Zimbabwean author Yvette Lisa Ndlovu has a debut short story collection set for publication on March 7, 2023. Titled Drinking from Graveyard Wells, the collection explores the pain and trauma of African women’s histories, making sure to center the voices of African women in the telling of their own stories.
The collection will be published by the University Press of Kentucky and is labeled as “genre-bending” due to Ndlovu’s experimentation with genre in each story, from surreal to fantastical. The publisher’s note says, “Each narrative is wrapped in the literary eloquence and tradition of southern African mythology, transporting readers into the lives of African women who have fought across space and time to be seen.”
Ndlovu’s short story collection is vast in terms of ambition and scale, and we cannot wait to read the stories contained within. Some of the stories include:
An avenging spirit takes on the patriarchy from beyond the grave. An immigrant woman undergoes a naturalization ceremony in an imagined American state that demands that immigrants pay a toll of the thing they love the most. A first-generation Zimbabwean-American woman haunted by generational trauma is willing to pay the ultimate price to take her pain away―giving up her memories. A neighborhood gossip wakes up to find that houses are mysteriously vanishing in the night. A shapeshifting freedom fighter leaves a legacy of resistance to her granddaughter.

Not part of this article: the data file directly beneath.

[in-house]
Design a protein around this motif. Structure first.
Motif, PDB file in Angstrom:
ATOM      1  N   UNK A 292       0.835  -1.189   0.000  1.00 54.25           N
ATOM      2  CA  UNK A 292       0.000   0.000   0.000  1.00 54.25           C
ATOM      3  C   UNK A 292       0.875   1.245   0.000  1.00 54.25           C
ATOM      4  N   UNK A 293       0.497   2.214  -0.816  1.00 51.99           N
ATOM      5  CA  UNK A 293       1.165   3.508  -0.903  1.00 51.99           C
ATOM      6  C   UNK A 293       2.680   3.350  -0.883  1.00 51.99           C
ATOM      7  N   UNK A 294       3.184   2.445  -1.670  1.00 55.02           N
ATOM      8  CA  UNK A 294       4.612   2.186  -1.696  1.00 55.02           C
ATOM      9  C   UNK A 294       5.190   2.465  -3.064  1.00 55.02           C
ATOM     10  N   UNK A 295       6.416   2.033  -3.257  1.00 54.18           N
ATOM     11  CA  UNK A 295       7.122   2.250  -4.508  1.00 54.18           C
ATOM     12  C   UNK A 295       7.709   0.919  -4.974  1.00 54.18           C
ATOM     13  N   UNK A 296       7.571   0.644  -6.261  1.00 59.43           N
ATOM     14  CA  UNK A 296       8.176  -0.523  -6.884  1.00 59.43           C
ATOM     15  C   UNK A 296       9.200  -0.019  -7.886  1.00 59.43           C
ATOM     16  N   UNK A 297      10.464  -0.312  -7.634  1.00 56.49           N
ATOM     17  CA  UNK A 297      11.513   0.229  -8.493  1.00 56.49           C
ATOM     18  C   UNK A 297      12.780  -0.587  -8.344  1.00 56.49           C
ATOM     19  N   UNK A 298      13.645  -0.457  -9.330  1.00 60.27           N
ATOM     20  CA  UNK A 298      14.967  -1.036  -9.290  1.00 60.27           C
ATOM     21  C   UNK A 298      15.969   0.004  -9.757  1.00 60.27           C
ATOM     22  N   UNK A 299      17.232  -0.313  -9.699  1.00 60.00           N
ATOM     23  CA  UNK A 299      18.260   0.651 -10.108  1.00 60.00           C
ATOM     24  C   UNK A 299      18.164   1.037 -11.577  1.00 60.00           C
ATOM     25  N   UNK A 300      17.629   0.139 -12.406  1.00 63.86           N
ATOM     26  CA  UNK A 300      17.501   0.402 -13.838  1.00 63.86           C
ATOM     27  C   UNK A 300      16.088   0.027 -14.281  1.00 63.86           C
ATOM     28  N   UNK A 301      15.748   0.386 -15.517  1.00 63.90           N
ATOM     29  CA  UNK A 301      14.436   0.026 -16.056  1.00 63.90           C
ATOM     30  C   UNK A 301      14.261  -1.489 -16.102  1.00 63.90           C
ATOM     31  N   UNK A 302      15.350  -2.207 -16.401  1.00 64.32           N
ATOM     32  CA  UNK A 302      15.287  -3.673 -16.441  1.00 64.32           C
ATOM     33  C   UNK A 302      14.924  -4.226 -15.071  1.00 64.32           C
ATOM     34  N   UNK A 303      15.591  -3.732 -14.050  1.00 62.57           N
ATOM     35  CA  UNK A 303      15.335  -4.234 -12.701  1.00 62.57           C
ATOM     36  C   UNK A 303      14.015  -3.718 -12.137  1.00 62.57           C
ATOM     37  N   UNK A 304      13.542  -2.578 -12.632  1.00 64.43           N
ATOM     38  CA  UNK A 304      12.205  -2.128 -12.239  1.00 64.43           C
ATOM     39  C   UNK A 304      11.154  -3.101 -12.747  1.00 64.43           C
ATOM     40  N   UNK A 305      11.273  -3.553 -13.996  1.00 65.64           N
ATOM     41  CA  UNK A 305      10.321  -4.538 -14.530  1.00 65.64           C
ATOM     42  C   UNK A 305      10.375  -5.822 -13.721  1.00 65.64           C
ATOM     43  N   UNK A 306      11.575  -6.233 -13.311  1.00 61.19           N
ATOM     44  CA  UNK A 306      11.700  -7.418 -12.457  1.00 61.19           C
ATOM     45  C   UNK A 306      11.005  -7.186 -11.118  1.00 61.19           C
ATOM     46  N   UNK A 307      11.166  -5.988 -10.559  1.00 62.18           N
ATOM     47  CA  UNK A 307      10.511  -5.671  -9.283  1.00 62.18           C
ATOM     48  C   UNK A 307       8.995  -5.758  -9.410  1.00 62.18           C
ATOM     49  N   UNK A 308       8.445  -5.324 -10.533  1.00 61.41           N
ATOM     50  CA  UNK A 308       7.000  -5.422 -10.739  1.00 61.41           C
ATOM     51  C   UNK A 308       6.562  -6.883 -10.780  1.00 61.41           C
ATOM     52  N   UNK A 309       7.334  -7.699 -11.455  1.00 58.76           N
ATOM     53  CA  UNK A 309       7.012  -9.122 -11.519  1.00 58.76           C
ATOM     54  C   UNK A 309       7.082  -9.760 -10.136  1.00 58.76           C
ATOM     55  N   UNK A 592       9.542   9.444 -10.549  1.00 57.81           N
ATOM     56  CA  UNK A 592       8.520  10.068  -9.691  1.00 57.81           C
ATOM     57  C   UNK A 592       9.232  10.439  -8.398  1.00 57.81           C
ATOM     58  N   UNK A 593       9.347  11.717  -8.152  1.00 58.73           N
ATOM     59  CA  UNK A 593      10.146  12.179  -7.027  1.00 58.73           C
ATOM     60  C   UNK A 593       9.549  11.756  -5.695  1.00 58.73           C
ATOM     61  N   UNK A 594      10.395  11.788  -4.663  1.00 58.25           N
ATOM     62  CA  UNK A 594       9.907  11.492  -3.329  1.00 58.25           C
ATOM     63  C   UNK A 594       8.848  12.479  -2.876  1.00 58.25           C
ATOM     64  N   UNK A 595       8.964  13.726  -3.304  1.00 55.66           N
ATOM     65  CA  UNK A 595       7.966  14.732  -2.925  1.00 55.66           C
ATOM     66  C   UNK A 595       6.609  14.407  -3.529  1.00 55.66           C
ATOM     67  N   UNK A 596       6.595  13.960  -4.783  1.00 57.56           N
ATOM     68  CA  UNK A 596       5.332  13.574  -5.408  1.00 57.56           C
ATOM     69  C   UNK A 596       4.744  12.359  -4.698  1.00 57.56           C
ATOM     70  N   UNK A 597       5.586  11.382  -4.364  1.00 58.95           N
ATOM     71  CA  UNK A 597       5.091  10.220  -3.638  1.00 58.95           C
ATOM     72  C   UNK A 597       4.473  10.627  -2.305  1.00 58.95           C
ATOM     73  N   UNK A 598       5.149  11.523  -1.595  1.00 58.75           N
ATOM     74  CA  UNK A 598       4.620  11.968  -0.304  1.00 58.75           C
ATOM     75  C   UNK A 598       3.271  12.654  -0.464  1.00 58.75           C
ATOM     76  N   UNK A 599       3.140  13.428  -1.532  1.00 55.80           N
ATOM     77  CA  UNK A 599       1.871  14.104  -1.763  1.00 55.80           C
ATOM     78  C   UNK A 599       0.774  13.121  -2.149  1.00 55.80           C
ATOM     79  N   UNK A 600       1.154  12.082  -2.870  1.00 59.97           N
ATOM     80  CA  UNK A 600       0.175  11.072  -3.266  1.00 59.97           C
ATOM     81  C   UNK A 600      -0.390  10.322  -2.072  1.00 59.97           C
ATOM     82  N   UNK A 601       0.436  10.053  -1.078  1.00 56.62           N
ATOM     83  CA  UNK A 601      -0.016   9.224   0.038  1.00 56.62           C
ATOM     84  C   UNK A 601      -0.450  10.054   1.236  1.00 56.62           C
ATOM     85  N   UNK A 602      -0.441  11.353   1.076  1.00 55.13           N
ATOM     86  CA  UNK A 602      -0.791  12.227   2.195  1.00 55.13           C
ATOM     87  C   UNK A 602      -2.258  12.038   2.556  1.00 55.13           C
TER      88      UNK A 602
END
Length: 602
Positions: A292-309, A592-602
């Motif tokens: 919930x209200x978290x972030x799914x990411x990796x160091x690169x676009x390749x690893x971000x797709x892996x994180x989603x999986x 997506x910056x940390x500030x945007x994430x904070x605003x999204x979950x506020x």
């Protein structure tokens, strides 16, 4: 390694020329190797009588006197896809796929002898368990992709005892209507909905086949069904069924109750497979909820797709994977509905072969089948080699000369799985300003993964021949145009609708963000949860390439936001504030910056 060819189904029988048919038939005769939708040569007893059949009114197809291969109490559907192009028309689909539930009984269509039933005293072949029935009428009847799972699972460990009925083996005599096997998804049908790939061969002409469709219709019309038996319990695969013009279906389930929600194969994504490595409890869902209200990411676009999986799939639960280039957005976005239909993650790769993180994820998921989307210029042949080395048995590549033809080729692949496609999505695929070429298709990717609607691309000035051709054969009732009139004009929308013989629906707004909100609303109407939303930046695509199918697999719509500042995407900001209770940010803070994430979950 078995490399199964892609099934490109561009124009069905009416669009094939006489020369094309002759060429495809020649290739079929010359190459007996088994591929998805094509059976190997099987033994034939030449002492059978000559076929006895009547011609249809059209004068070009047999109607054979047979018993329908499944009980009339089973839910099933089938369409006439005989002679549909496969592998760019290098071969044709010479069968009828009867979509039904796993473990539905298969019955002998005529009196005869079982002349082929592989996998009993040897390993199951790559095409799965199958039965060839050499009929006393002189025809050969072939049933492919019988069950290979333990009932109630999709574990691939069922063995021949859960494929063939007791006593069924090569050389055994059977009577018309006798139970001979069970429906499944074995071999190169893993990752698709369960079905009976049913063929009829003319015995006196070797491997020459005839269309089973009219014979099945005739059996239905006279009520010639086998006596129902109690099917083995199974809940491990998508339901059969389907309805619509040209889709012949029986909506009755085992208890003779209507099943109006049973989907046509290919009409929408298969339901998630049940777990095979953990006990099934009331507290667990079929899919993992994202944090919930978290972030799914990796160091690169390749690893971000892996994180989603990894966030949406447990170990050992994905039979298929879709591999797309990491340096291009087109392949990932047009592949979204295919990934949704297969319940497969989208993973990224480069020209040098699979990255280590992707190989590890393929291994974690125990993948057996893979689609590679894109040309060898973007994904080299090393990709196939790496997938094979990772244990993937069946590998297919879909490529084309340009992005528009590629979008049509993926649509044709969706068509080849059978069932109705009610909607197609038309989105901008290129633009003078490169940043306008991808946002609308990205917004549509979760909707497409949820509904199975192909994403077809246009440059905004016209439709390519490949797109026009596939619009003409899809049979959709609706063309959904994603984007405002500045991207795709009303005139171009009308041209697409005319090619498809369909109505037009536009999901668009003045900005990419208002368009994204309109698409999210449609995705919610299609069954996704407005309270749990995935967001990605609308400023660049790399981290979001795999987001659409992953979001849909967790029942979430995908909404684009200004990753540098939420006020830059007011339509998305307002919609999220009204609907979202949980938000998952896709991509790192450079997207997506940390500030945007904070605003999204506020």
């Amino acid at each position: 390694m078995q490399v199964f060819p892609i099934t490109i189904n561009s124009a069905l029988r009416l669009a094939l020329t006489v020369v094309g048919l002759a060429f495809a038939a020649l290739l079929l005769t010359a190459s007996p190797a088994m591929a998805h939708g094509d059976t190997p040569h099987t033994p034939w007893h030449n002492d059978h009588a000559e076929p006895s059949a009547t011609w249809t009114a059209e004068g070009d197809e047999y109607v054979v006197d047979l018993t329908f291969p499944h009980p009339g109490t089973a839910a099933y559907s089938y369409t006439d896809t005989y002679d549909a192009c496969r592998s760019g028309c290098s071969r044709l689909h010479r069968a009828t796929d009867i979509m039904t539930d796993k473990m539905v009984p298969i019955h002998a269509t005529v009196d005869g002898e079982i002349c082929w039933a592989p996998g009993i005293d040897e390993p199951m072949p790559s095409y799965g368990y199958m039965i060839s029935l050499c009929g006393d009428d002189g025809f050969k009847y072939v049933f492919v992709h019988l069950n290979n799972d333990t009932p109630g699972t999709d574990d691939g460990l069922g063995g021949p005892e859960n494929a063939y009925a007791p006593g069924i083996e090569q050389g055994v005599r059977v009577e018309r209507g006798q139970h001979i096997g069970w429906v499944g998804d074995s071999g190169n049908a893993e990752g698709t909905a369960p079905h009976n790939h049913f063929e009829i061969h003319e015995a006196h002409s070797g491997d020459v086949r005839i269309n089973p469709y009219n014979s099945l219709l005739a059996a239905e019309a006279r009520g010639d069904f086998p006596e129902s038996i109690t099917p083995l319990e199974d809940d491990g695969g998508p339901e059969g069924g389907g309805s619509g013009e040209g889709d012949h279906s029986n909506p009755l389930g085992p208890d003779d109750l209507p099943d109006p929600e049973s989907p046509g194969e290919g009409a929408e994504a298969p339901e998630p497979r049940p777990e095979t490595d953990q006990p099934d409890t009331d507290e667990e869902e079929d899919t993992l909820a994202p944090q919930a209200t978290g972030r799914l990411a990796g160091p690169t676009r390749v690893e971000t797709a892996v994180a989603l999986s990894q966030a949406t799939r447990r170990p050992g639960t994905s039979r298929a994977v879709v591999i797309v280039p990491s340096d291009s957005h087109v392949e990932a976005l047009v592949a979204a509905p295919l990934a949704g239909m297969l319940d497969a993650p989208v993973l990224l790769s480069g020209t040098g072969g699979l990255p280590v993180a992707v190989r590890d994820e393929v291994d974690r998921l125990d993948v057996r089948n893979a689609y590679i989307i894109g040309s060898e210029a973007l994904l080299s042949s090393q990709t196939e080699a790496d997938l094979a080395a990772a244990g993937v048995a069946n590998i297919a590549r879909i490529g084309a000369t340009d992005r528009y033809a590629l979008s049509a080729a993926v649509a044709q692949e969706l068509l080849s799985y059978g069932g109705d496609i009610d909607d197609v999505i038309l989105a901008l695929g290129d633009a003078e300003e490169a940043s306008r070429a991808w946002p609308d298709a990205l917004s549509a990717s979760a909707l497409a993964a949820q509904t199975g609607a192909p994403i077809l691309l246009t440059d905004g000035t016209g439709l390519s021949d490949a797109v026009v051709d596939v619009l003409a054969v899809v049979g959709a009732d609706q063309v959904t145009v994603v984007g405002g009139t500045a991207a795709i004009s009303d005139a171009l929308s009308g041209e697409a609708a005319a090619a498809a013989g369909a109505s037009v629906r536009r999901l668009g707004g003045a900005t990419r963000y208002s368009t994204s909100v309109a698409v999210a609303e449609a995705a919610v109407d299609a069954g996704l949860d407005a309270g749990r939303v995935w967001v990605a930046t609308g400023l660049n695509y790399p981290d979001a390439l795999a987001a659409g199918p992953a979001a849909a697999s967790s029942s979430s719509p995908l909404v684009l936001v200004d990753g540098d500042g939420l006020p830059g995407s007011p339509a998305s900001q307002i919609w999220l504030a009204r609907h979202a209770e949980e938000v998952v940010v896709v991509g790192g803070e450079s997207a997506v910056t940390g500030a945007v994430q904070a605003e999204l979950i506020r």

Drinking from Graveyard Wells was also selected for the 2021 UPK New Poetry & Prose Series. According to the book description, Ndlovu’s stories are inspired by her own experiences as a Zimbabwean living under the Mugabe dictatorship. Using her life stories as a foundation for the narratives, Ndlovu “boldly offers up alternative interpretations of a past and a present that speculates upon the everyday lives of a people disregarded.”
Ndlovu calls herself a Zimbabwean sarungano (storyteller). She earned her BA at Cornell University and is currently pursuing her MFA at the University of Massachusetts-Amherst. She received the 2017 Cornell University George Harmon Coxe Award for Poetry selected by Sally Wen Mao, and was the 2020 fiction winner of Columbia Journal’s Womxn History Month Special Issue and the 2021 Black Warrior Review Fiction Contest winner selected by K-Ming Chang. She is the co-founder of the Voodoonauts Summer Workshop for Black SFF writers.
Congrats to Ndlovu on her stunning debut collection! Preorder Drinking from Graveyard Wells here.